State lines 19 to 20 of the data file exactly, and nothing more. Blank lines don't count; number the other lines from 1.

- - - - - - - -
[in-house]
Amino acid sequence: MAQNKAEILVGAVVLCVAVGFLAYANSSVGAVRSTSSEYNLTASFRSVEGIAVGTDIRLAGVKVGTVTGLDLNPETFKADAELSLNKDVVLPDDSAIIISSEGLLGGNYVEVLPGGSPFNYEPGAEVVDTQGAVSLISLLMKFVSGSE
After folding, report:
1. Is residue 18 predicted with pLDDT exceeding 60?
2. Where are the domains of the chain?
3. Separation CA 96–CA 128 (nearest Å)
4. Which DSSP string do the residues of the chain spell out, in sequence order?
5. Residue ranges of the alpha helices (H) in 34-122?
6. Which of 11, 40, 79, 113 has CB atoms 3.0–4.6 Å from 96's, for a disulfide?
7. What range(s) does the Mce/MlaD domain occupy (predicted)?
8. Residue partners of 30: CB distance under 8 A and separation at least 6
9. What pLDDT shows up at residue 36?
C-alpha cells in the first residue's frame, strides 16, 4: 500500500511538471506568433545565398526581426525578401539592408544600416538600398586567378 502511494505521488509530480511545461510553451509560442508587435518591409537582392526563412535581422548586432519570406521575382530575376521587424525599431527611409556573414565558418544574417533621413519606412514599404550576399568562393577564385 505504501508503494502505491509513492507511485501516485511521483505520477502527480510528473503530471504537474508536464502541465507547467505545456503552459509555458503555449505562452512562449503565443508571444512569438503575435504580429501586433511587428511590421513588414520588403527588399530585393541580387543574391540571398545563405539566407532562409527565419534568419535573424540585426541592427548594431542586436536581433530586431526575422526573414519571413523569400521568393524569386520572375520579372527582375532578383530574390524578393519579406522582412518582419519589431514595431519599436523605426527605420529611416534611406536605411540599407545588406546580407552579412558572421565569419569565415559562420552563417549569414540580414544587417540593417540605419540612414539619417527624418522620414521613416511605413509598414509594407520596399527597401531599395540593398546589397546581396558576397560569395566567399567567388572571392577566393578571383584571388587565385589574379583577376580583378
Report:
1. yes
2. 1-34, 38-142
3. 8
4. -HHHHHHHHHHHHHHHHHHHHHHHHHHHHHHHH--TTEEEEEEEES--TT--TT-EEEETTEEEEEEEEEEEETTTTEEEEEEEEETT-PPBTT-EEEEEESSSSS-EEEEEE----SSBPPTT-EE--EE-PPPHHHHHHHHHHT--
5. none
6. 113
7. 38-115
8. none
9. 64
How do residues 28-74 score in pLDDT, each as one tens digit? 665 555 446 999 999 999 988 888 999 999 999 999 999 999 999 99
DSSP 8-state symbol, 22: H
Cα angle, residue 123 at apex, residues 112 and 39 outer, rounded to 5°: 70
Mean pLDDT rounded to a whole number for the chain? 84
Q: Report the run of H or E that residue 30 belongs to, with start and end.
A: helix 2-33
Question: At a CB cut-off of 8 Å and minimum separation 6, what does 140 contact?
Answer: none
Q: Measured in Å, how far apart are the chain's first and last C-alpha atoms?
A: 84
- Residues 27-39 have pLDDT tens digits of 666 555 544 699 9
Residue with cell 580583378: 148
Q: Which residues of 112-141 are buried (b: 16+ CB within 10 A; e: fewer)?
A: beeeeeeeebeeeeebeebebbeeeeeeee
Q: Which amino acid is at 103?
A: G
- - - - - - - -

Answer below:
5. none
6. 113